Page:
Thriving During Deployment

I receive a lot of questions about how to survive deployment. After experiencing 4 deployments within 4 years with my husband, I first want to say that if you’re just looking to survive, you’re looking at deployment all wrong. There are a lot of blogs and social media accounts that buy into the idea of “woe is me, my boyfriend/husband/whatever is deployed and I’m going to cry everyday and wallow in self pity”. If you’re looking for that, this page isn’t for you. If you’re looking for a way to THRIVE during deployment, this page IS for you.

This post is all about my favorite coping strategies for deployment. You must learn how to cope with hard things if you’re going to have a successful marriage to someone in the military. Start now, where ever you are.

I believe deployment should be viewed by us significant others as an opportunity. Hear me out. So much of our everyday life while they’re home is all about them and their commitment to the military. We move when the military tells us to. We rearrange our lives every few years on behalf of the military. Our social life can become dictated by the squadron. We endure so many separations for training and work trips that it’s easy to lose yourself in the day to day grind and work of keeping it all together. We are voluntold to do so much on behalf of their squadron. When they leave for deployment, they’re leaving for months … sometimes up to and exceeding a year. Yes, they leave us at home and it can be lonely and isolating, but also they leave us time to be ourselves without having to live for and by the military. Deployment is OUR time to live for ourselves (and our kids, dogs, or whatever kind of dependents you have) 😉 Therefore, this is our time to THRIVE.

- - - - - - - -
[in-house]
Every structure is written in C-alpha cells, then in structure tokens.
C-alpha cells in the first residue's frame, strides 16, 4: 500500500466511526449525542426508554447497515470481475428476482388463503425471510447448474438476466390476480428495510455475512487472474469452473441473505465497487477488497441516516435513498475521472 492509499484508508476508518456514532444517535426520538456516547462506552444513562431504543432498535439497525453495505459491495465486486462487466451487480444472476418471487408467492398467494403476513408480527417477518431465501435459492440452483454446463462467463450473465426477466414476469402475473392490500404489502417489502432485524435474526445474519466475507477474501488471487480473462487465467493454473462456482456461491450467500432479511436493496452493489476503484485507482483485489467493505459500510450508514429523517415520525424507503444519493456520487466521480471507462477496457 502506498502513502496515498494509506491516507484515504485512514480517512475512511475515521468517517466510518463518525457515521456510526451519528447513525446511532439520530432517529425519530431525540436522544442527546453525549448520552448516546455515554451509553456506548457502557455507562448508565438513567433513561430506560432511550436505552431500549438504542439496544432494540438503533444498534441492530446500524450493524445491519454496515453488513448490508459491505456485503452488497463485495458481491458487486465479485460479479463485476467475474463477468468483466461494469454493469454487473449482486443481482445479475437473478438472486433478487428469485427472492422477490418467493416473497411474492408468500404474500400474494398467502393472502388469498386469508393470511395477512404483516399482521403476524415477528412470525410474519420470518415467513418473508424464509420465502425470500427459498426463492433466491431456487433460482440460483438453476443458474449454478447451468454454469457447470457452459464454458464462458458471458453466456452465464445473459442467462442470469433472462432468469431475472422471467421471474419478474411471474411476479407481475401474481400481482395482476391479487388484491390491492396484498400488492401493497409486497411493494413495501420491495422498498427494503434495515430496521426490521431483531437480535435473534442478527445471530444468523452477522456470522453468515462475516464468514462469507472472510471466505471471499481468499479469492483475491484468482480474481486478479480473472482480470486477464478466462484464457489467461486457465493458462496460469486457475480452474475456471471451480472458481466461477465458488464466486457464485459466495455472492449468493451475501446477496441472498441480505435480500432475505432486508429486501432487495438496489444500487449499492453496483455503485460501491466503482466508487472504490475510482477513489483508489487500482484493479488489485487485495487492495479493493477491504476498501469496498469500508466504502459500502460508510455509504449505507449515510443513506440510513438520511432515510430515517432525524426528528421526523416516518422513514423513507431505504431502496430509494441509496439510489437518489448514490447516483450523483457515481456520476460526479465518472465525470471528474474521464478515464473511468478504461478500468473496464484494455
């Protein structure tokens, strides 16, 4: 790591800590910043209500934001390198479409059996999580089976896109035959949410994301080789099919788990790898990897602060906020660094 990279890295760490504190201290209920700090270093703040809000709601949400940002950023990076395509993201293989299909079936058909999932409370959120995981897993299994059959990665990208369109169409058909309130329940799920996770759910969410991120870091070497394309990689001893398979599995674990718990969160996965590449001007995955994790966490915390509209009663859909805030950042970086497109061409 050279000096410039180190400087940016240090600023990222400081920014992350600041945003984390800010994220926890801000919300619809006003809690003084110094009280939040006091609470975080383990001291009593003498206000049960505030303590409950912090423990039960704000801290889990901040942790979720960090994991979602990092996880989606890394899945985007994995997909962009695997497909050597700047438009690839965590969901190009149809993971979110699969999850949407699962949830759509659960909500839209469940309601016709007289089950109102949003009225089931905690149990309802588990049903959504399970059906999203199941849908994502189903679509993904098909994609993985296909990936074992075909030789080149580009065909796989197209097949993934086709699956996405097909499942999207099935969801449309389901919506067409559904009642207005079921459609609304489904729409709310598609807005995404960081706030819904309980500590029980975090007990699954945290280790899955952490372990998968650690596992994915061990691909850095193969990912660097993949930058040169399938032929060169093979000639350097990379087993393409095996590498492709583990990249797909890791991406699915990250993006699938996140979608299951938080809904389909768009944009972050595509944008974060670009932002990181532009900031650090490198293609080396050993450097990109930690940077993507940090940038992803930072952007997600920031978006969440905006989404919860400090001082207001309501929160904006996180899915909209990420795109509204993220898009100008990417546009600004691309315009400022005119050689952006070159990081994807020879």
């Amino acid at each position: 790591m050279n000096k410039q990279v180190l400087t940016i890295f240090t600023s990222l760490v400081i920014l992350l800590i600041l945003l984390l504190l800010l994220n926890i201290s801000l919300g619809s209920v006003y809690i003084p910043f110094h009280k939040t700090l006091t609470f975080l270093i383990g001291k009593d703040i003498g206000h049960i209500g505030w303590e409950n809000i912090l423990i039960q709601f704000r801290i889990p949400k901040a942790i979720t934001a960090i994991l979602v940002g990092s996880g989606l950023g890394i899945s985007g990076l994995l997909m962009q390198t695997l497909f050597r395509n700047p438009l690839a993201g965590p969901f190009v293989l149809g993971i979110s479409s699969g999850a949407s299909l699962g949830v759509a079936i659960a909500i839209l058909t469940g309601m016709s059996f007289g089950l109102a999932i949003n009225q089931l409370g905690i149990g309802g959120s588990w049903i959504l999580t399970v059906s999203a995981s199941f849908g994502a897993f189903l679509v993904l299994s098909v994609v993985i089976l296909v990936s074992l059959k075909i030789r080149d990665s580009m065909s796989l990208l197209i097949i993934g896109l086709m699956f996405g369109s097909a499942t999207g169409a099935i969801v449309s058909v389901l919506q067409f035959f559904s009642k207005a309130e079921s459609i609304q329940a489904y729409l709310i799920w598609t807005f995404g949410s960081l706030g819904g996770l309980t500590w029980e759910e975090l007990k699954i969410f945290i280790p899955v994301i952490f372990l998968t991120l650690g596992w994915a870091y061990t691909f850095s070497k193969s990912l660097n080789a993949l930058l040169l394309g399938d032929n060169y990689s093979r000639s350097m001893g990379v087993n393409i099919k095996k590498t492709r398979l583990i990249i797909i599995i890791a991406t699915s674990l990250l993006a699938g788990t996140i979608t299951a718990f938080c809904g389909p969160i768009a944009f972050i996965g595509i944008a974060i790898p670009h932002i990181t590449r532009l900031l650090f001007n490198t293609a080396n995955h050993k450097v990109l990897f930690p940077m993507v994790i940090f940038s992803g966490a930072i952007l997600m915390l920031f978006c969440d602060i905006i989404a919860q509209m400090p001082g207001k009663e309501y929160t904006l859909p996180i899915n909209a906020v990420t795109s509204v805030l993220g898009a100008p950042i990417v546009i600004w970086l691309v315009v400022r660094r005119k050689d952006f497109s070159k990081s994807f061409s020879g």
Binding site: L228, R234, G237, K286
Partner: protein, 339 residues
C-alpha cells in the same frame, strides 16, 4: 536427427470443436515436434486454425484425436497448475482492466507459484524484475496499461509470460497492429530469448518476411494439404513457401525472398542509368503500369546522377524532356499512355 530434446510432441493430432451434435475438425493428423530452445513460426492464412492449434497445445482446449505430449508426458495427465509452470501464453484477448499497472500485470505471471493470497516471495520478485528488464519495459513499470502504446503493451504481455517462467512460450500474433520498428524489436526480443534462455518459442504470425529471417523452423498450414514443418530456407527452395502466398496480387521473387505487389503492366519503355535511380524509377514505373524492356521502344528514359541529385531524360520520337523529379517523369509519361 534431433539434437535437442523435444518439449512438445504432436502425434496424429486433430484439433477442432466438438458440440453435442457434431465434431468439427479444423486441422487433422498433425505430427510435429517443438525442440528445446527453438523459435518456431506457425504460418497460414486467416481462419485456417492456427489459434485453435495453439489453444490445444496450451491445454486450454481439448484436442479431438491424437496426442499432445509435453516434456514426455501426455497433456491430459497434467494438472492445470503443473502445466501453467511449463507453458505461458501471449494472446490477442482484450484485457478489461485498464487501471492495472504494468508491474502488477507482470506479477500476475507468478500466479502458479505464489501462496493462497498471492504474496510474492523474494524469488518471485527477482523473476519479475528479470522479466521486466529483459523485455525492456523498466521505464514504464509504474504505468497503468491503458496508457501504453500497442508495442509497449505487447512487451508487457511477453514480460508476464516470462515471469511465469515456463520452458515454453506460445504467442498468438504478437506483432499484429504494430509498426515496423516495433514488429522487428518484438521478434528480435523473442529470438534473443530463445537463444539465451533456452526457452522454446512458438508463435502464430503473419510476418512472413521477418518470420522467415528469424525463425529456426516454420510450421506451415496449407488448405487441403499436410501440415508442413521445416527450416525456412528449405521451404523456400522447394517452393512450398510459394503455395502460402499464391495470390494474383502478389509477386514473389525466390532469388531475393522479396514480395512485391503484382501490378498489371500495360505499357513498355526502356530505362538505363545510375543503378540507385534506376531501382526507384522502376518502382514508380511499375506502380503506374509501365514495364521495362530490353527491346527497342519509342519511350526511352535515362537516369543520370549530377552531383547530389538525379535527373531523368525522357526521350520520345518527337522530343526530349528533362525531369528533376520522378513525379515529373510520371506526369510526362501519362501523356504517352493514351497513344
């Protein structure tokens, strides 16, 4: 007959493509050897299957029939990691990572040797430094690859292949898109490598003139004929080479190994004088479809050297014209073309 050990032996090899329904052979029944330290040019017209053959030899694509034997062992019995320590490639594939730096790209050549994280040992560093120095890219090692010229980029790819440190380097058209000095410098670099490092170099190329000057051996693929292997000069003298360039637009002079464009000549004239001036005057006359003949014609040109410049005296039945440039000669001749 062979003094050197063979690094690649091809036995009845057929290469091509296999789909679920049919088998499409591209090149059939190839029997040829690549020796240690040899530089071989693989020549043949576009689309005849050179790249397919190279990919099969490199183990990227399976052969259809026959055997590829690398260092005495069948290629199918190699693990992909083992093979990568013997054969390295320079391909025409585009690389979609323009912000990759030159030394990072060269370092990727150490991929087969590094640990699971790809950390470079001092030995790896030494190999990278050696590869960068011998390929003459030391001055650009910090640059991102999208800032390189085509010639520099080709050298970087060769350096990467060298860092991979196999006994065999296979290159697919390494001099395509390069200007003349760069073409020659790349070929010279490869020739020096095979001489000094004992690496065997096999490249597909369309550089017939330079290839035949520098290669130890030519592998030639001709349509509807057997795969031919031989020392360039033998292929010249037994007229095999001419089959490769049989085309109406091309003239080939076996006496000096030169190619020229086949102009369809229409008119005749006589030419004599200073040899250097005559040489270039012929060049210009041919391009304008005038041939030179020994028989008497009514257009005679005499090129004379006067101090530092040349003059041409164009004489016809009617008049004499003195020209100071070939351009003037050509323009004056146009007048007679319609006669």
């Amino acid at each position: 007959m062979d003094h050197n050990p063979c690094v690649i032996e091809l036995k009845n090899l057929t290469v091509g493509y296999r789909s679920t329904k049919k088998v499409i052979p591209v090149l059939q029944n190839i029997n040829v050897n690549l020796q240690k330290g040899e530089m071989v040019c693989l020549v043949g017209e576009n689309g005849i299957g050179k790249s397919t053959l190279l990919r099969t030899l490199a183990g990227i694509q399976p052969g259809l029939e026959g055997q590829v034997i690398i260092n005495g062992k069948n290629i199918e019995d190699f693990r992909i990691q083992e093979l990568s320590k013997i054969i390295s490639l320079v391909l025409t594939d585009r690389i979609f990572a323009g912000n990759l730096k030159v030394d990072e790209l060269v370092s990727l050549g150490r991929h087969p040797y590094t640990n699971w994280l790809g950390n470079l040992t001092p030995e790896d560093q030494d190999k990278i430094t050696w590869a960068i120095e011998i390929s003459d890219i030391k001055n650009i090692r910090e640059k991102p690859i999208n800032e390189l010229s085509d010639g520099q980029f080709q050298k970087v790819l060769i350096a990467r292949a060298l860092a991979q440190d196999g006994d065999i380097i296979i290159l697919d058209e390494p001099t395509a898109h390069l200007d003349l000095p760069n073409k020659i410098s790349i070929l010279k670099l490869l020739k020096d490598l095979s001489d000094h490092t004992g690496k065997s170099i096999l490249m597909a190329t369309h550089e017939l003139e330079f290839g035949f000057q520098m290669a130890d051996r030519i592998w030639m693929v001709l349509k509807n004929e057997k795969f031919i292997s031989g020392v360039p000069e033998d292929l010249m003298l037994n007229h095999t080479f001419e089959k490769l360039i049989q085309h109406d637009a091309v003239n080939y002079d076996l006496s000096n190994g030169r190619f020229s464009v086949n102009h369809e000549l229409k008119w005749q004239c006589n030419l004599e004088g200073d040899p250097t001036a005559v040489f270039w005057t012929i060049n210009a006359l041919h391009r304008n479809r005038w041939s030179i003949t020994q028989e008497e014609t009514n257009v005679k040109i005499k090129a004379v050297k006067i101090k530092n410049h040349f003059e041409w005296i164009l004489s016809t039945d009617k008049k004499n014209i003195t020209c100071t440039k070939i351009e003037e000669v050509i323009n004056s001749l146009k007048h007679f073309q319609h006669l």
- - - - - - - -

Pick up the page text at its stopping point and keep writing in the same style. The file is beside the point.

Is it sad that they’re gone? Absolutely. Is it nerve-wrecking worrying about their wellbeing? Ohmygosh YES. Do I cry? Yes. I try to have at least one, big, definitive cry. I’m always sad for at least the first day or three. I HATE walking back into the house alone after I drop off my husband. Sometimes I sit in my car for an hour or more avoiding going into the house alone. I find, though, that once I get back into the house, I’m okay. I might have my big cry right then, but I also might have it in me to do something else – *distract myself* for a little while.